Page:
What have we learned from music controversy?

It’s not the first time a teacher has been assigned different classes or programs.

Now that we all know the music department assignments at Chase County Schools will stay the same in 2017-18, all is well and good.
    Or is it?
    From the very beginning, what was really a compliment to Vocal Director Randy Hayes’ abilities as an accomplished music teacher turned, unfortunately, into something else the past few weeks.  
    He and a group of supporters, most of them adults, not only continued to question and challenge the school administration’s decision on what the music teachers would be teaching next year, some patrons took to social media to make personal attacks. Some who wrote Letters to the Editor to this newspaper or put up Facebook posts encouraging others to contact school board members with their concerns, or passed petitions, didn’t even talk to board members themselves on the issue.
    In more than one instance at the recent school board meetings, Supt. Joey Lefdal lauded Hayes’ abilities as a music teacher, noting his talents could only make the high school band program better.
    Unlike some misinformation being spread, band teacher Agnes Strand supported the changes that added junior high vocal music to her schedule, which had previously been assigned to Hayes. Strand would continue to teach elementary band classes, while Hayes would direct 9-12 band and also continue to guide the high school choir and 9th St. Singers.
    But Hayes and others would have none of that for his performing groups; he wanted only to teach vocal music in grades 7-12. He made a point at the June board meeting to emphasize all the awards his music students have received, and felt that was in jeopardy if he also had to direct high school band.  
    Many of his supporters, and Hayes himself, inferred that he was the only one who could build the foundation for high school music in the junior high choral programs.  
    During all of this, there has been an overflowing of praise for director Agnes Strand and her work with the 5-12 band program from both sides, but it appeared no one but the administration trusted that her enthusiasm, and success, could extend to grade 7-8 vocal students.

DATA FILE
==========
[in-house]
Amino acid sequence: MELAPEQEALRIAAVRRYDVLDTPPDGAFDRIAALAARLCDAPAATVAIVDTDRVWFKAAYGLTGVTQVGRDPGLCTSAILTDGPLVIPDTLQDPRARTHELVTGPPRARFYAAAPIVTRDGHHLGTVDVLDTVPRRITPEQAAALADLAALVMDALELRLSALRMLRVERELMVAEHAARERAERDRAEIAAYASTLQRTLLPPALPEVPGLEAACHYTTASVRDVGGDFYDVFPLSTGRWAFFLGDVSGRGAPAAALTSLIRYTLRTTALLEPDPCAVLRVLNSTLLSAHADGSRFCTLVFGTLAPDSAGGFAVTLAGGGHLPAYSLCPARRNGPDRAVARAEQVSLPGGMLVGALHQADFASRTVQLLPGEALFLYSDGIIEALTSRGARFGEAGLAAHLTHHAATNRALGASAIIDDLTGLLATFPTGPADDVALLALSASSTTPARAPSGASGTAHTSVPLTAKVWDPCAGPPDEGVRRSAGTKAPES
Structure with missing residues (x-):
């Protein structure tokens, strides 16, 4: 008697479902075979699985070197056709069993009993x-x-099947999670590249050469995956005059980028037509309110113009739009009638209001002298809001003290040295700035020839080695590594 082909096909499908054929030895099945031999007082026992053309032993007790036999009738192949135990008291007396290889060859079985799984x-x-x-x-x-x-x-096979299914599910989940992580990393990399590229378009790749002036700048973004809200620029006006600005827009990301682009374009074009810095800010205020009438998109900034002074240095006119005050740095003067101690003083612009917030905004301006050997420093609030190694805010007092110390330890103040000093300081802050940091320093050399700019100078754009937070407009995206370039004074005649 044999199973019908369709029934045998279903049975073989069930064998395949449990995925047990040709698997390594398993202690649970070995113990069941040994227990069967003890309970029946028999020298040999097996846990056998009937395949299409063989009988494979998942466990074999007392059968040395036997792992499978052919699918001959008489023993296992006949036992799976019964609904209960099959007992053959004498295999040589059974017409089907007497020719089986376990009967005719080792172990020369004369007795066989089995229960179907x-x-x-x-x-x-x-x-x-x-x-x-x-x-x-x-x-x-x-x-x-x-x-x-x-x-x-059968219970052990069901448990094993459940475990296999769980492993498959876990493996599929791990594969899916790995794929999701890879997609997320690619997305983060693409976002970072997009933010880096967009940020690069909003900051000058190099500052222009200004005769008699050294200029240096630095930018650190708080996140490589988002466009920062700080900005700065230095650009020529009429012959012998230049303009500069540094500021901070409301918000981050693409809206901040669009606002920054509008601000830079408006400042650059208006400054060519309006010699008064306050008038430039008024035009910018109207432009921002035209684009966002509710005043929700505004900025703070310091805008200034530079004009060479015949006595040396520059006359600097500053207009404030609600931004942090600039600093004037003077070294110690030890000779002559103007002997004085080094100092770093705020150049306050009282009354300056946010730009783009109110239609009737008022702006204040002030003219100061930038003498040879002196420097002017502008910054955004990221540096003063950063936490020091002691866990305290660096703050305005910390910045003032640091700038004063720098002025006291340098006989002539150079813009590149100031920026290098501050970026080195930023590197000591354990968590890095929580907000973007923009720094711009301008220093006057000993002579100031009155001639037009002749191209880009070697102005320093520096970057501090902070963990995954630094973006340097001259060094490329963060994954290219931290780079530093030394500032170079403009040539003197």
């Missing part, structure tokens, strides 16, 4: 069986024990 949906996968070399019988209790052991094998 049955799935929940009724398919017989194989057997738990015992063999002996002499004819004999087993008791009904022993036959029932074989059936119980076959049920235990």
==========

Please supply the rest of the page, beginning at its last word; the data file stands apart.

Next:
Why not?
    I certainly would have loved to have my kids experience Agnes as their junior high vocal music teacher, followed by another great teacher in Randy Hayes in high school.
    Besides the attempt to make high school band better, there were other reasons for the music schedule changes. Other teachers had approached the administration about Hayes’ less than full class load while earning full-time pay. And having covered school board for decades, this year was not the first time those concerns have been an issue.
    It’s not the first time either for teachers at Chase County Schools, or I would guess in most schools, to have teaching assignments changed they didn’t agree with, or like.
    I can think of several instances when teachers here were assigned a different class or two. Many in our elementary grades were reassigned entire grade levels just recently. Several years before that, one of our high school science teachers was given different classes to teach. Some teachers weren’t very happy about it, and took their concerns to the board, much like Hayes did. Yet, they accepted the new assignments without further public challenges.
    At the June 13 meeting, even after Supt. Lefdal said he would reverse his decision on Hayes’ 2017-18 assignments, the choral director still responded, “And what if I resign?”
    It was Hayes who made a comparison that just as athletic teams work toward a good showing in the playoffs or regional contests, so, too, do music students work toward superiors and Best of Class in their end-of-year contests. That’s all commendable for sure, but just winning awards isn’t what’s important in education, whether we are talking academics, music, sports or other extra-curriculars.
    While winning is great, the process in getting there is more important. The hard work along the way and lessons learned from the example of teachers, directors and coaches breed success.
    As the saying goes, “It’s not whether you win or lose, it’s how you play the game.”
    It’s likely all of the music programs at Chase County Schools would have continued to excel with the proposed changes. I wouldn’t have bet against that and I don’t believe our programs would have become “mediocre.”
    But I also wonder what this ordeal has taught our young people. I’m not sure a great lesson was learned here.

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